Nichols demonstrated the first landing at Gore Lake, and the experience of touching down lightly on the water, slowing, then settling in was delightful. On a warm, dry Florida afternoon at a lake inhabited by ducks, egrets, and at least one osprey, the scene was completely entrancing. Once the Husky finished its transition from air to water mode, Nichols introduced idle, plow, and step taxiing; docking; and a “confined-area takeoff,” a circular, high-speed taxi that becomes a takeoff when the airplane encounters its own wake.
“We’re faster than just about any speed boat on the water,” Nichols said. “The Husky is such a fantastic floatplane, the biggest danger to pilots is overconfidence.”
Sitting in the water at one end of the tree-lined lake, I can say with authority that I’m not overconfident. In fact, the towering pines on the opposite shore seem terribly close. But even on a warm afternoon, our calculations tell us the airplane will need just 1,750 feet to clear 50-foot obstacles. The airplane accelerates quickly, leaps out of the water, and easily vaults over the trees.
The next morning we fly to Crescent Lake for glassy water takeoffs and landings. Glassy water landings, in which pilots must land with little or no depth perception, are the most hazardous for floatplanes, and realistic conditions make the practice especially challenging. Heading southeast toward the shimmering glare of the rising sun, we set up a constant airspeed (65 mph) and shallow descent rate (150 fpm), and hold it all the way to touchdown. Glassy water takeoffs require lifting the right float off the water before the left to reduce surface friction and get the airplane airborne as quickly as possible. Once the airplane is “on the step” at 45 mph, the ailerons have enough authority to raise the right float. With the drag reduced, the airplane quickly accelerates to 55 mph and is ready to fly.
We also practice simulated engine-out landings that require steep descents to preserve enough speed to flare just above the water (“You want the lake to fill your windscreen during the descent,” Nichols said. “Anything else is too shallow.”)
Each scenario is novel and fast-paced, and flying over the big lake and its natural areas hints at the possibilities for future floatplane adventures. As we pass a few feet over a vacant shoreline, schools of fish jump out of the water. An osprey hunts nearby, a late-season flock of geese makes its way south, and several bald eagle nests fill the tops of leafless trees.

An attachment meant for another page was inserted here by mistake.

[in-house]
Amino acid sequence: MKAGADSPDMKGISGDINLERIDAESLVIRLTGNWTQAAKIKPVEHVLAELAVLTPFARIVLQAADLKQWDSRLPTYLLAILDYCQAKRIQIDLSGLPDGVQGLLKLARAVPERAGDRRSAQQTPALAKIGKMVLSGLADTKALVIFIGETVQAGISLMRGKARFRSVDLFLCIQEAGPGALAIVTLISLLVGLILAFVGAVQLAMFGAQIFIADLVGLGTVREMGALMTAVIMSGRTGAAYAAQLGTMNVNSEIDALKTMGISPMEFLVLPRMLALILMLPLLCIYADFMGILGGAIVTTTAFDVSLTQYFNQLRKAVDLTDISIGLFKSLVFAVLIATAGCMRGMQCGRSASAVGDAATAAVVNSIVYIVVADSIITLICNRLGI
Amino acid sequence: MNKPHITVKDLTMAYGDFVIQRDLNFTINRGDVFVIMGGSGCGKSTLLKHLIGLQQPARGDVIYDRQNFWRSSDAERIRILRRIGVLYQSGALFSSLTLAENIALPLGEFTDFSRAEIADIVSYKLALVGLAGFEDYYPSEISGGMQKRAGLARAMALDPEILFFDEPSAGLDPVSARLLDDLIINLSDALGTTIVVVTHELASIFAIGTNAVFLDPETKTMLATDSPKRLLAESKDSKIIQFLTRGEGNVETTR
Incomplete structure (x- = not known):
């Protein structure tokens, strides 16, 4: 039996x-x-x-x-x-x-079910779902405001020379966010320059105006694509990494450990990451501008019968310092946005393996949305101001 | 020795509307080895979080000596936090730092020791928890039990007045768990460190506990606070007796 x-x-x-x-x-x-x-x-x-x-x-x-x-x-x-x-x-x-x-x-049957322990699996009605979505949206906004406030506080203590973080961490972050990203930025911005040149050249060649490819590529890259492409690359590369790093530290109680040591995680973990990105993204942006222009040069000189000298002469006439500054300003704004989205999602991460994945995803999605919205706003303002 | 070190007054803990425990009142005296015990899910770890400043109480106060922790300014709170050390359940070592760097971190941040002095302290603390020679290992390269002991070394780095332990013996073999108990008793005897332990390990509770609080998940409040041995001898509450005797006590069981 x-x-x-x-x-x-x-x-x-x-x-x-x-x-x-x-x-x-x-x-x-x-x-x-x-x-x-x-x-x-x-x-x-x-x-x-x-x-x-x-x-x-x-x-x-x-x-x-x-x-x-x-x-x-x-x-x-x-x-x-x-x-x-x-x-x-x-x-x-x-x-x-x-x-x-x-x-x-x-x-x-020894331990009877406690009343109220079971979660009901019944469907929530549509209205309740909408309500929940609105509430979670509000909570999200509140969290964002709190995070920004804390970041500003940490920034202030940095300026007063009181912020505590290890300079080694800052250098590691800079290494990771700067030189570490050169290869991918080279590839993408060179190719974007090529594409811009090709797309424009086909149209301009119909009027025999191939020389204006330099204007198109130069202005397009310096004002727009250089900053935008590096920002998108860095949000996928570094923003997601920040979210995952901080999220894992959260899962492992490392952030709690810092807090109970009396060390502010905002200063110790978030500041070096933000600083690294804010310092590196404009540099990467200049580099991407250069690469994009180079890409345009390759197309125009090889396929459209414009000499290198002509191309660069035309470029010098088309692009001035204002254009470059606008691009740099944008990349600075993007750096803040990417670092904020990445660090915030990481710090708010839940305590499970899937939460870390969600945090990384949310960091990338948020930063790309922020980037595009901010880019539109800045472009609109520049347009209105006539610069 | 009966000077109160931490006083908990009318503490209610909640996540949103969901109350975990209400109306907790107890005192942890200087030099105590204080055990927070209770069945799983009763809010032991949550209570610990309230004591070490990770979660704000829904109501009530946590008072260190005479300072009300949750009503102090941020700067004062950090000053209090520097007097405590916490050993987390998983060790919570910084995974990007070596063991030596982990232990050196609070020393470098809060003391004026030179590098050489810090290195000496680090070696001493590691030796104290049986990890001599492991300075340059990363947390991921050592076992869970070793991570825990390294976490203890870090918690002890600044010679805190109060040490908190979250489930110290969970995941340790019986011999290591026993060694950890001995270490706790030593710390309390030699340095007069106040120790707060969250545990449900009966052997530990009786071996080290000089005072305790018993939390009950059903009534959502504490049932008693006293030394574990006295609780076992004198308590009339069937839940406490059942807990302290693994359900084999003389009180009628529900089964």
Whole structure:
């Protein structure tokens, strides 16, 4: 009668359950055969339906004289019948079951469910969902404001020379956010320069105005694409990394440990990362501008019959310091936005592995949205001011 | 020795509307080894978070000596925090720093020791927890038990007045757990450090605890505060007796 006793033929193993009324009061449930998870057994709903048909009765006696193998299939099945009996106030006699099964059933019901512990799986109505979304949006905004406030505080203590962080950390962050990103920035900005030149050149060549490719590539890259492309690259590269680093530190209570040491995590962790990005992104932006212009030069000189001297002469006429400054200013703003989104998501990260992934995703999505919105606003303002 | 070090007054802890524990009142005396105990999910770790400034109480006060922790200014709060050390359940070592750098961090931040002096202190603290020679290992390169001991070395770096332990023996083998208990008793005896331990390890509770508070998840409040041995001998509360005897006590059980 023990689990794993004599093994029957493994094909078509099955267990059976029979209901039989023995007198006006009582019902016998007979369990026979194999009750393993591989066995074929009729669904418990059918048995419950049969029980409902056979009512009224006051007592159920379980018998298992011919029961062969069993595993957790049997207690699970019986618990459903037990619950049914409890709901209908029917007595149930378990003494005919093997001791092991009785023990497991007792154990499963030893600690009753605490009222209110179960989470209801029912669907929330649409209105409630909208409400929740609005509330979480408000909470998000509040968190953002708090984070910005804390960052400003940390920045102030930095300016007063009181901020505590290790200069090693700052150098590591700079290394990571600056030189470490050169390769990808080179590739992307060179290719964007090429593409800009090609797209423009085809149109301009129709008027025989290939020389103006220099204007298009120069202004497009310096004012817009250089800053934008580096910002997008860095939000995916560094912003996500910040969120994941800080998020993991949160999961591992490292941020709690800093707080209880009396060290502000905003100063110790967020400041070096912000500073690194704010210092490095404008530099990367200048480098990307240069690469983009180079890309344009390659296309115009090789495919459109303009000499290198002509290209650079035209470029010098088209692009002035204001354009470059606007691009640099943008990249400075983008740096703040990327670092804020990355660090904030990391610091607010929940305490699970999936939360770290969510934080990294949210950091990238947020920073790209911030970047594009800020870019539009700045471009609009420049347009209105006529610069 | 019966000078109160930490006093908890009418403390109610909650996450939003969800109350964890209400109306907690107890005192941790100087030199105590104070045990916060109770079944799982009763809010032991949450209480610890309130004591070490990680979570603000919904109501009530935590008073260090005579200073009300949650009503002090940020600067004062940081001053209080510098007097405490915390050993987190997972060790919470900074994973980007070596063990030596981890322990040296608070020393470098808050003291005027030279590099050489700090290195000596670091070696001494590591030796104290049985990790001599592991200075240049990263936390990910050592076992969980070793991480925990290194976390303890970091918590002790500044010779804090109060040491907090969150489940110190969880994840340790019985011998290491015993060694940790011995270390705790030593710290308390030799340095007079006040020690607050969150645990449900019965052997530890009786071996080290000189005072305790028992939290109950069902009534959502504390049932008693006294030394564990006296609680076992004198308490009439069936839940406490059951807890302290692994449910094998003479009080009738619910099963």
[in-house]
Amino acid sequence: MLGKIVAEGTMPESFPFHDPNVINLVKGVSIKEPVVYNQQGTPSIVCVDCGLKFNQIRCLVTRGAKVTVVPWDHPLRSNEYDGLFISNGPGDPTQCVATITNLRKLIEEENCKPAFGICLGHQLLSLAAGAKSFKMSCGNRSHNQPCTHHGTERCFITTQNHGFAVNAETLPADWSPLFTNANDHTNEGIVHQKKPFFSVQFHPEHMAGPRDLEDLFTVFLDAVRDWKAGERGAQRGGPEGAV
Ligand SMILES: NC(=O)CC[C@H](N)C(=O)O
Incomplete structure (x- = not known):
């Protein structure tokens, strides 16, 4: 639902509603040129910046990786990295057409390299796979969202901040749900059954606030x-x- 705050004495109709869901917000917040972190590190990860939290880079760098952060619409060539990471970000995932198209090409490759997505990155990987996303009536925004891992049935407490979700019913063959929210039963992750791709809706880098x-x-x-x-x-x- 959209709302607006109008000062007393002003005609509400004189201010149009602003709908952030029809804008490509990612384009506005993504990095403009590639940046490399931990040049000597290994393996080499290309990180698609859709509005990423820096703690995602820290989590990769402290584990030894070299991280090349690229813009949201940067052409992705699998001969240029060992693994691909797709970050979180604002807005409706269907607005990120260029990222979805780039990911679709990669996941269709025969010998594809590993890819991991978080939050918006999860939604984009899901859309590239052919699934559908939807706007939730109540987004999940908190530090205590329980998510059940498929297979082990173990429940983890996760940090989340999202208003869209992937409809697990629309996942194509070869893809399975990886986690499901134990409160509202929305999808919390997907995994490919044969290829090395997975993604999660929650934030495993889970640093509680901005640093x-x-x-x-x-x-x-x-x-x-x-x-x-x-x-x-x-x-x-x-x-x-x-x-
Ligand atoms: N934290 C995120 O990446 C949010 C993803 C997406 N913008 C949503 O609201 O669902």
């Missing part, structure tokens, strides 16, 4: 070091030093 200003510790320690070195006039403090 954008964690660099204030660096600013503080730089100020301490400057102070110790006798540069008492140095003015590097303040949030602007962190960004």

“You’d never know any of these things even exist when you go over in the flight levels,” Wacker said. “This kind of flying puts you right there in it.”
A private or commercial seaplane rating costs $1,500 at Ryan Aviation if everything goes perfectly. That covers four hours of dual instruction in the amphibious Husky, ground training, and a one-hour checkride.
Ryan also offers a more involved ATP seaplane course as well as dual instruction in an amphibious de Havilland Beaver.Flight time in the amphibians is logged as complex aircraft experience, and Wacker encourages commercial students to combine the complex airplane experience required for the commercial certificate and seaplane training and get both ratings at the same time.
Adding floats to a Husky can range widely in cost. A new set of straight floats offers the advantages of being lighter, mechanically simpler, and far less expensive than amphibious floats. Straight Wipline floats for a Husky carry a retail cost of $30,000 new, and installation is an additional $5,000. A new set of amphibious Wipline floats costs about $47,000, and the installation is more complex and costs $8,600. It can take about two weeks to install amphibious floats on a Husky for the first time, but subsequent changes between floats and wheels can be done much more quickly. P.K. also makes amphibious floats for Huskys with a higher retail price of $49,000 but lower installation costs of $3,000.
“Amphibious floats make it possible to fly seaplanes without the logistical hassles,” Wacker said. “You can put in anywhere, so pilots who don’t have the luxury of lakefront property and a dock can still get their feet wet.”
Wacker administers the ground portion of the seaplane examination with a disarmingly casual style, but he’s always probing for weakness. If a student knows weather and wind patterns, he’ll quickly move on to water regulations and buoy markings, subjects the U.S. Coast Guard veteran and former commercial fisherman knows cold.
Once in the airplane, he banters with air traffic controllers at the busy airport where Embry-Riddle Aeronautical University flight students fill the traffic pattern. The controllers limit the Husky to 500-foot-agl traffic patterns at the nearby lake—an ideal altitude for floatplane pilots to see objects on the water, as well as winds and obstructions.
We take off from Runway 11, turn downwind, and are quickly cleared for the first of multiple approaches to the lake. The flight portion of the exam includes normal, rough water, and glassy water takeoffs and landings as well as a simulated power-off approach and landing, various forms of taxiing, docking, and practice go-arounds. I feel well prepared by the previous training flights, yet still manage to insert a few boneheaded blunders. (Note to self: Make sure the carb heat is cold before starting a takeoff!)
But the best part is the water flying demo that follows.
AOPA Senior Photographer Mike Fizer is on the lakeshore with cameras and a radio, and Wacker puts on a precision floatplane demonstration that shows real mastery. “How about I touch down on one float at the edge of the lake pointing right at the camera?” he asks, then performs the maneuver flawlessly. It’s the flying equivalent to a pool hustler calling and then sinking a series of difficult shots. For 45 minutes, Wacker runs the table.
When it’s over, Wacker emphasizes that, perhaps even more than other pilot certificates, a seaplane rating is a license to learn. And few pursuits could be as sublime as exploring the finer points of floatplane flying, an endeavor that combines the best of the nautical and aeronautical.
Email the author at [email protected].
AOPA Pilot Editor at Large Dave Hirschman joined AOPA in 2008. He has an airline transport pilot certificate and instrument and multiengine flight instructor certificates. Dave flies vintage, historical, and Experimental airplanes and specializes in tailwheel and aerobatic instruction.